Conversions Reshape Sydney’s Suburban Office Markets 2

Tuesday, June 23rd, 2015
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Suburban office markets throughout Sydney are being fundamentally reshaped as red-hot demand for residential property sees a mass withdrawal of old office stock for residential conversions, a leading real-estate services firm says.

In its latest forecasts, CBRE says office markets in Epping, Burwood and Hurstville will all shrink by at least a quarter over the next four years as at least 180,000 square metres worth of stock is taken off the market in order to make way for multi-unit residential complexes, placing downward pressure on vacancy rates and even the virtual elimination of some entire markets.

In Epping, available stock is expected to shrink by around 34 per cent amid rezoning to encourage residential development.

Tenants including Unilever and the NSW Government have already relocated, with Westpac tipped to follow following the sale of its current offices at 12-22 Langston Place.

Nearby in Ryde, up to one-third of possible stock may be taken off the market following the sale of 19 Devlin Street, which is currently occupied by Centrelink, while Burwood is expected to shrink by 25 per cent (22,000 square metres), with development approval for conversion projects at Burwood Towers and 2-14 Elsie Street occupied by clients such as RailCorp, Telstra, Pacific Brands, the NSW Government and Centrelink.

Further south in Hurtsville, meanwhile, as much as 34,000 square metres, or 35 per cent of the market, could potentially be withdrawn.

CBRE research analyst Megan Pryor said limited availability of greenfield sites for housing in the aforementioned areas had precipitated a substantial number of sales of office property for residential conversion, and that downward pressure on vacancies in more established non-CBD markets would result as these tenants seek up to 50,000 square metres of space over the short to medium term.

Furthermore, Pryor said, a number of these markets are expected to transition into primarily residential hubs and almost disappear as commercial markets altogether.

“Over the long term we expect smaller suburban office markets such as Epping, Burwood and Hurstville to transition to predominantly residential hubs, while the North Shore markets will maintain a core office function, with increased residential activity outside of the core,” she said.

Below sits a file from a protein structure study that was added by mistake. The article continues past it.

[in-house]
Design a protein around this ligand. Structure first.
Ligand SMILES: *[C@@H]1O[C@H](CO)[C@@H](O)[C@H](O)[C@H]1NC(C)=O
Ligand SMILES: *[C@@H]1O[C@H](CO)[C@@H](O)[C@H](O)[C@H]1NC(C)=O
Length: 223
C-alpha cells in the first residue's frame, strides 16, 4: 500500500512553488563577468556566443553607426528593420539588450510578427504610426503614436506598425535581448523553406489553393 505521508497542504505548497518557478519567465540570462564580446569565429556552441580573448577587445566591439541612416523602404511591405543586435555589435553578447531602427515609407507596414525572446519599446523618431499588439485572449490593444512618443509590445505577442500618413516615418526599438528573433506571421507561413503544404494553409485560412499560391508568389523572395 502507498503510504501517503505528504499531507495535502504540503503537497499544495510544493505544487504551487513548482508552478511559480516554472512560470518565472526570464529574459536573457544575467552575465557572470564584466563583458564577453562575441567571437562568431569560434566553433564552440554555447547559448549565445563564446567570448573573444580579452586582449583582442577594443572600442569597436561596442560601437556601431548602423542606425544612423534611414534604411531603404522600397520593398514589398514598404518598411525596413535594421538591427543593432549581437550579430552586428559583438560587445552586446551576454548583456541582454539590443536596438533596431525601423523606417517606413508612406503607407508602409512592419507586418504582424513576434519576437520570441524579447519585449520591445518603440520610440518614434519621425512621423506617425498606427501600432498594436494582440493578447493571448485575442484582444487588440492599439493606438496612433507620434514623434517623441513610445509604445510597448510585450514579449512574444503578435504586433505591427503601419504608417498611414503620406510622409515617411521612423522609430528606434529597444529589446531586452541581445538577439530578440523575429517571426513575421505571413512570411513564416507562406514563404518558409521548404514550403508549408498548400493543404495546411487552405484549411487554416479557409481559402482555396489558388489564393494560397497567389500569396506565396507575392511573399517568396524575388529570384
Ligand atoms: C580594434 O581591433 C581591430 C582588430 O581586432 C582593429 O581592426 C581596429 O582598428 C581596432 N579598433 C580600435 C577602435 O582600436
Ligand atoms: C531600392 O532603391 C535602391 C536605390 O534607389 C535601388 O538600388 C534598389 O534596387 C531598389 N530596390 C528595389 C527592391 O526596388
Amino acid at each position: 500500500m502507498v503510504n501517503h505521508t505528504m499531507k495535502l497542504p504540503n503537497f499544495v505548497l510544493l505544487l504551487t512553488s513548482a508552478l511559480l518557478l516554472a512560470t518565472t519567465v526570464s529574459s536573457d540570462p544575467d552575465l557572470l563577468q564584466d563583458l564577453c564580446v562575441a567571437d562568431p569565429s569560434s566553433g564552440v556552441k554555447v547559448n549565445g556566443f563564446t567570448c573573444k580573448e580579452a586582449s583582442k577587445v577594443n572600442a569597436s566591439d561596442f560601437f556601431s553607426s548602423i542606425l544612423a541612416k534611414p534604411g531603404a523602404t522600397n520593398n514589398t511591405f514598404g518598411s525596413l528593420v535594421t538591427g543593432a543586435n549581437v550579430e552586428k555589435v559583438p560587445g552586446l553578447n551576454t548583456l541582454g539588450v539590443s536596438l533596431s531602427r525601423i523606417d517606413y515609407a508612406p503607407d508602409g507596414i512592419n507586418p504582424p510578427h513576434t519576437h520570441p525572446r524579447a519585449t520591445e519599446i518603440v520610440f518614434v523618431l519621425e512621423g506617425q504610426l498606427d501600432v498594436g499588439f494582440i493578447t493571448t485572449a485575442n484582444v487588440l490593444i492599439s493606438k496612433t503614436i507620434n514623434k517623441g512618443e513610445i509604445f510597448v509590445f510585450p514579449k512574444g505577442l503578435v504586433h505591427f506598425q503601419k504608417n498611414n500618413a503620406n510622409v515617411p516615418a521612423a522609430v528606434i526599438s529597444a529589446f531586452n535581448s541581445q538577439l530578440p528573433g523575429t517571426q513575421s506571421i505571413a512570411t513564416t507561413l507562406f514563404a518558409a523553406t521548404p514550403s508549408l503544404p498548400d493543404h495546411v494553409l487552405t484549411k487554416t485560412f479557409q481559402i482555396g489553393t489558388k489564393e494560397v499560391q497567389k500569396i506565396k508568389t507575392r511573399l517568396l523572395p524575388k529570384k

Outside of the above markets, CBRE reckons as much as 60,000 square metres could be withdrawn in North Sydney and 35,000 square metres could go in St Leonards.

The latest report comes as vacancy rates in Sydney have dropped below those of all other capitals amid an environment of a recovering economy and strengthening demand from clients in traditional white collar sectors such as technology and finance.

While the anticipated additions of three new towers at Barangaroo and new towers in places such as George Street are expected to challenge the CBD markets, the aforementioned withdrawals are expected to lead to lower vacancy rates across most markets outside of the CBD.

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  1. Roy Barrett

    While I understand the various real estate market forces at play here, I consider this trend works against the desirability of creating a strong, poly-centred, metropolis that provides a wider range of employment opportunities closer to where people live and assisting in reducing the heavy one-way peak hour traffic flows to the central city. I suspect that the real driver is that most suburban office buildings are relatively low buildings and the

  2. Roy Barrett

    [to finish my previous post, accidently sent incomplete]:
    I suspect that the real driver is that most suburban commercial buildings are relative low – 2-4 storeys – and the unused 'air-space' over the building within the land title of the site provides a higher return if able to be developed as residential than as more office space, assuming that there is are no 'building height' controls that would prevent this additional floor space. While there is also good planning justification for higher residential density around suburban centres I consider that if it occurs at the expense of stronger local employment then, it is a detrimental trend to the overall 'health' of balanced metropolitan development.